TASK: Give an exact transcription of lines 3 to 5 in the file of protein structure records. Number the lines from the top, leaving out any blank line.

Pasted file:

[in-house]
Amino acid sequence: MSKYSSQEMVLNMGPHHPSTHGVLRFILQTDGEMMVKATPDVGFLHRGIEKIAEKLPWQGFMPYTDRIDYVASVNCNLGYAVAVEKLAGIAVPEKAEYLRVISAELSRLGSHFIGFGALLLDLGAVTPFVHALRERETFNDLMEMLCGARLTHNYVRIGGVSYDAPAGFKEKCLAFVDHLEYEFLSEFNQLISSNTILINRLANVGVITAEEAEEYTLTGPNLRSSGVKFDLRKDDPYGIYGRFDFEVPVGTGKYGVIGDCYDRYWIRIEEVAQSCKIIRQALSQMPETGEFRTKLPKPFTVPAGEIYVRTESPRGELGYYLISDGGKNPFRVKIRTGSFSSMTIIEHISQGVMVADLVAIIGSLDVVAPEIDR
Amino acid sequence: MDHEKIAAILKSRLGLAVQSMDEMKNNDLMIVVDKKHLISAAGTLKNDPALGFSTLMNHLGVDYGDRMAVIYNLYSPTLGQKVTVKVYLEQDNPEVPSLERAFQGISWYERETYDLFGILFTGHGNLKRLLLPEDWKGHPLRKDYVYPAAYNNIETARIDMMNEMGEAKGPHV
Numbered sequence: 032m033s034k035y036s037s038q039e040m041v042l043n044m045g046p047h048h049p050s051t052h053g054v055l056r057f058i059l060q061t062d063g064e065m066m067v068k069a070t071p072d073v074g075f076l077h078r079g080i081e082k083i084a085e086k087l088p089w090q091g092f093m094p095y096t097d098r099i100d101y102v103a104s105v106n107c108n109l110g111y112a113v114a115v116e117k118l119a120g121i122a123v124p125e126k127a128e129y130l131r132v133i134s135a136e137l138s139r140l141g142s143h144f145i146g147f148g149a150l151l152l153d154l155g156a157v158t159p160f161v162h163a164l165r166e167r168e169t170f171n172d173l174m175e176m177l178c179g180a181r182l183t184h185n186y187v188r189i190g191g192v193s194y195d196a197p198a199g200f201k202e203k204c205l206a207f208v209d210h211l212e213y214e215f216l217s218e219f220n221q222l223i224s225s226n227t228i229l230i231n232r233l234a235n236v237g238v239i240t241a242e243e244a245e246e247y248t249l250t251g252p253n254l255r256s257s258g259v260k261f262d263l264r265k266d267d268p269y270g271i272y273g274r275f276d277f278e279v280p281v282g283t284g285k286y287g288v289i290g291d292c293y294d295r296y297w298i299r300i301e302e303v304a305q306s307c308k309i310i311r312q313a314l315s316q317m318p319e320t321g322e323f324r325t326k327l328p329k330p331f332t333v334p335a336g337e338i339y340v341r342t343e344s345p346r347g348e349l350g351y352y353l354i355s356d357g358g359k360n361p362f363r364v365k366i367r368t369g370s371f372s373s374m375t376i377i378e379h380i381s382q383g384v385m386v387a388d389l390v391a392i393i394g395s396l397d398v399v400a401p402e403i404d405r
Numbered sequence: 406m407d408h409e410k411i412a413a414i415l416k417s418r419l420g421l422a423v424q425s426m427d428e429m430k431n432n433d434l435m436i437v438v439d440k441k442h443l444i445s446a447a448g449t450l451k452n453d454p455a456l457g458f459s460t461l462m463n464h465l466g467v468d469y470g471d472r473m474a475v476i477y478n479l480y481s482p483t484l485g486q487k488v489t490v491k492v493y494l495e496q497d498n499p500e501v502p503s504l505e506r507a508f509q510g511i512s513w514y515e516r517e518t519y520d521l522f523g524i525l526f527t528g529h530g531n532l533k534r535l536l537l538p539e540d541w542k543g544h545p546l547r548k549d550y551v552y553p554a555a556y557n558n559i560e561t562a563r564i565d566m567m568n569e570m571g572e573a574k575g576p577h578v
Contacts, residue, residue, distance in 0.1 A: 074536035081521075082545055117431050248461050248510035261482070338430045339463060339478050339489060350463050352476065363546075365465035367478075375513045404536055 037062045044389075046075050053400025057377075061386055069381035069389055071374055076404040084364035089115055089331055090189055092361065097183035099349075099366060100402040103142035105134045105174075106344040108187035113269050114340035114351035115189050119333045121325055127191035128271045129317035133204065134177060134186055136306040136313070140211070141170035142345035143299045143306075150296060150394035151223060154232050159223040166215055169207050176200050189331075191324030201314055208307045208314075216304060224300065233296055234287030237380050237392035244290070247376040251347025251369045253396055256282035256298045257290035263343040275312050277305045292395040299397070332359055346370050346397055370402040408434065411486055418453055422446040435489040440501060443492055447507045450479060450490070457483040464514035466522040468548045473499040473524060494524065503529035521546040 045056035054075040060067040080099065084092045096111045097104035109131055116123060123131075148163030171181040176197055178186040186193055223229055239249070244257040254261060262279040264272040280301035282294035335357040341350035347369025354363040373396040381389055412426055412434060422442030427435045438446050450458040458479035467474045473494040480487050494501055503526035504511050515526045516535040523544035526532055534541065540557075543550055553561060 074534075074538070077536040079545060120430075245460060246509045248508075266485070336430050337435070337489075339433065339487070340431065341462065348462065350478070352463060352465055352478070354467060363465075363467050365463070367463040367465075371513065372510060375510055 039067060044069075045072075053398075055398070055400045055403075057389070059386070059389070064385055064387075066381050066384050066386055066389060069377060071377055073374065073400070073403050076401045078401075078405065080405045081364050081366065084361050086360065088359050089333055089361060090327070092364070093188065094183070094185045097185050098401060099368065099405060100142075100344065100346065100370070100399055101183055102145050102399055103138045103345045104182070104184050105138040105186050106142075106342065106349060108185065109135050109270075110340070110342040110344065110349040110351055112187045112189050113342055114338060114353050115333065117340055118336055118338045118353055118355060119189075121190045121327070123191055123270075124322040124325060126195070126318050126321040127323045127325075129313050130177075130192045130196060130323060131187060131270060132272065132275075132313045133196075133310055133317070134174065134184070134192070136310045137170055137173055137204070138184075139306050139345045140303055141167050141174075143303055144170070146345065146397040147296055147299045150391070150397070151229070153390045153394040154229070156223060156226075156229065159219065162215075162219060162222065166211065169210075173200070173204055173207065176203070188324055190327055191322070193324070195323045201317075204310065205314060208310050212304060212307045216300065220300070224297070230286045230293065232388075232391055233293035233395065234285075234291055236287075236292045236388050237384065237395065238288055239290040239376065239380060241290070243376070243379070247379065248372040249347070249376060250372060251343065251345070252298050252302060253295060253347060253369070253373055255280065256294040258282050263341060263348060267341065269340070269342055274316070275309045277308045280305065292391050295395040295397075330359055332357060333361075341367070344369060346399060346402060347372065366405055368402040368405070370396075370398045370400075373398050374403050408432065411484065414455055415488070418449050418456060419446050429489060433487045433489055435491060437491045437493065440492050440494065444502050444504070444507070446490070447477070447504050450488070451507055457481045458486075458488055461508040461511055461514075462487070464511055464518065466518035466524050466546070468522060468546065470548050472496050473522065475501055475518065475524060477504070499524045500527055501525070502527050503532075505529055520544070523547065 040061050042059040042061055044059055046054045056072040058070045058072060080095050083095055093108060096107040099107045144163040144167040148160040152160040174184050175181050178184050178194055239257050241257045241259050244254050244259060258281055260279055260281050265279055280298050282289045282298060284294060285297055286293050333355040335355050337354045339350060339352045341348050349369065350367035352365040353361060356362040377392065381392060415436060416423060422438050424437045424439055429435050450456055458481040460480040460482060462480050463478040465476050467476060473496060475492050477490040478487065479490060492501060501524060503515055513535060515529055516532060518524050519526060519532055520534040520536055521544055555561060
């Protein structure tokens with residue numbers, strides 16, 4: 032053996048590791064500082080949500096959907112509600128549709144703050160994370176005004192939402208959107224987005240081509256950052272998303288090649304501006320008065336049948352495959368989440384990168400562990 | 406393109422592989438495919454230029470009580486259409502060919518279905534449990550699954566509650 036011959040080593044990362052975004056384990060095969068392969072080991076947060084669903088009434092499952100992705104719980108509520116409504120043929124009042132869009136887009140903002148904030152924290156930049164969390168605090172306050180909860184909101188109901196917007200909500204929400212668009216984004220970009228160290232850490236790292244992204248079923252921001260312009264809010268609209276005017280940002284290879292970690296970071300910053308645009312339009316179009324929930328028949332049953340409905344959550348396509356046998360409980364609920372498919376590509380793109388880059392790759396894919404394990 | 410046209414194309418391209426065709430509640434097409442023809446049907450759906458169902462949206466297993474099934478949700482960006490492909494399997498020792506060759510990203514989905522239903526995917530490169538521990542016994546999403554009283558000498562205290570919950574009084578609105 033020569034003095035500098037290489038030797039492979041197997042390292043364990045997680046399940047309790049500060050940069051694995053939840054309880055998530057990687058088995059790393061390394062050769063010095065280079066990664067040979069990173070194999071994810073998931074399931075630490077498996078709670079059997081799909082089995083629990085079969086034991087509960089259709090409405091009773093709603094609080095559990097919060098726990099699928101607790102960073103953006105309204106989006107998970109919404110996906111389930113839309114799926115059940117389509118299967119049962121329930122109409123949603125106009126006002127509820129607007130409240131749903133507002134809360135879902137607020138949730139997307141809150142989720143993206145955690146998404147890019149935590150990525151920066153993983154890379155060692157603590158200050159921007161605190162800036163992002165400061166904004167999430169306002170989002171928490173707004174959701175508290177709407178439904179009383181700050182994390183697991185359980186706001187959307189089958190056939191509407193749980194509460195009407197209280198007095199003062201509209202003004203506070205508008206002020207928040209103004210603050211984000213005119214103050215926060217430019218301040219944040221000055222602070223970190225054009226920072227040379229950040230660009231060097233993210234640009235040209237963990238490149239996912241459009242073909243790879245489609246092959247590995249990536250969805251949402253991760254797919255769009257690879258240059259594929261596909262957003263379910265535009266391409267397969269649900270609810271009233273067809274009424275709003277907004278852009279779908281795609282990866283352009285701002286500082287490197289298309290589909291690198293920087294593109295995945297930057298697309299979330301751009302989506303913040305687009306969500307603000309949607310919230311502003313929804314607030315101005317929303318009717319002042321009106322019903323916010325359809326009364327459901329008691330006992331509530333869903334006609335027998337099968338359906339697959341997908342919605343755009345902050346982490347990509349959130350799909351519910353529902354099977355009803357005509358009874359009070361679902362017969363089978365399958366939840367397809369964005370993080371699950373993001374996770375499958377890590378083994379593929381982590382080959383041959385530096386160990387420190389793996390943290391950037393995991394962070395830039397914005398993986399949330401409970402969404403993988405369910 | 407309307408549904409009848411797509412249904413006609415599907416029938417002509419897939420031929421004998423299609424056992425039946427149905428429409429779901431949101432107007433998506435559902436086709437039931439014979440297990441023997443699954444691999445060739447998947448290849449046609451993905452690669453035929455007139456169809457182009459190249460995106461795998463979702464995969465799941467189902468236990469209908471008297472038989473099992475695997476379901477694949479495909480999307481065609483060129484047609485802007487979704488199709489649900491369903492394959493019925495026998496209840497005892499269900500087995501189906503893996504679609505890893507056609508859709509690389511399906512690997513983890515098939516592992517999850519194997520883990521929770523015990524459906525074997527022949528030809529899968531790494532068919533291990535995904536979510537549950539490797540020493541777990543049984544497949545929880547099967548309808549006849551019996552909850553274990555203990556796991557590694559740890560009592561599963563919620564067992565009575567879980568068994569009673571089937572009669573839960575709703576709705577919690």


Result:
Amino acid sequence: MDHEKIAAILKSRLGLAVQSMDEMKNNDLMIVVDKKHLISAAGTLKNDPALGFSTLMNHLGVDYGDRMAVIYNLYSPTLGQKVTVKVYLEQDNPEVPSLERAFQGISWYERETYDLFGILFTGHGNLKRLLLPEDWKGHPLRKDYVYPAAYNNIETARIDMMNEMGEAKGPHV
Numbered sequence: 032m033s034k035y036s037s038q039e040m041v042l043n044m045g046p047h048h049p050s051t052h053g054v055l056r057f058i059l060q061t062d063g064e065m066m067v068k069a070t071p072d073v074g075f076l077h078r079g080i081e082k083i084a085e086k087l088p089w090q091g092f093m094p095y096t097d098r099i100d101y102v103a104s105v106n107c108n109l110g111y112a113v114a115v116e117k118l119a120g121i122a123v124p125e126k127a128e129y130l131r132v133i134s135a136e137l138s139r140l141g142s143h144f145i146g147f148g149a150l151l152l153d154l155g156a157v158t159p160f161v162h163a164l165r166e167r168e169t170f171n172d173l174m175e176m177l178c179g180a181r182l183t184h185n186y187v188r189i190g191g192v193s194y195d196a197p198a199g200f201k202e203k204c205l206a207f208v209d210h211l212e213y214e215f216l217s218e219f220n221q222l223i224s225s226n227t228i229l230i231n232r233l234a235n236v237g238v239i240t241a242e243e244a245e246e247y248t249l250t251g252p253n254l255r256s257s258g259v260k261f262d263l264r265k266d267d268p269y270g271i272y273g274r275f276d277f278e279v280p281v282g283t284g285k286y287g288v289i290g291d292c293y294d295r296y297w298i299r300i301e302e303v304a305q306s307c308k309i310i311r312q313a314l315s316q317m318p319e320t321g322e323f324r325t326k327l328p329k330p331f332t333v334p335a336g337e338i339y340v341r342t343e344s345p346r347g348e349l350g351y352y353l354i355s356d357g358g359k360n361p362f363r364v365k366i367r368t369g370s371f372s373s374m375t376i377i378e379h380i381s382q383g384v385m386v387a388d389l390v391a392i393i394g395s396l397d398v399v400a401p402e403i404d405r
Numbered sequence: 406m407d408h409e410k411i412a413a414i415l416k417s418r419l420g421l422a423v424q425s426m427d428e429m430k431n432n433d434l435m436i437v438v439d440k441k442h443l444i445s446a447a448g449t450l451k452n453d454p455a456l457g458f459s460t461l462m463n464h465l466g467v468d469y470g471d472r473m474a475v476i477y478n479l480y481s482p483t484l485g486q487k488v489t490v491k492v493y494l495e496q497d498n499p500e501v502p503s504l505e506r507a508f509q510g511i512s513w514y515e516r517e518t519y520d521l522f523g524i525l526f527t528g529h530g531n532l533k534r535l536l537l538p539e540d541w542k543g544h545p546l547r548k549d550y551v552y553p554a555a556y557n558n559i560e561t562a563r564i565d566m567m568n569e570m571g572e573a574k575g576p577h578v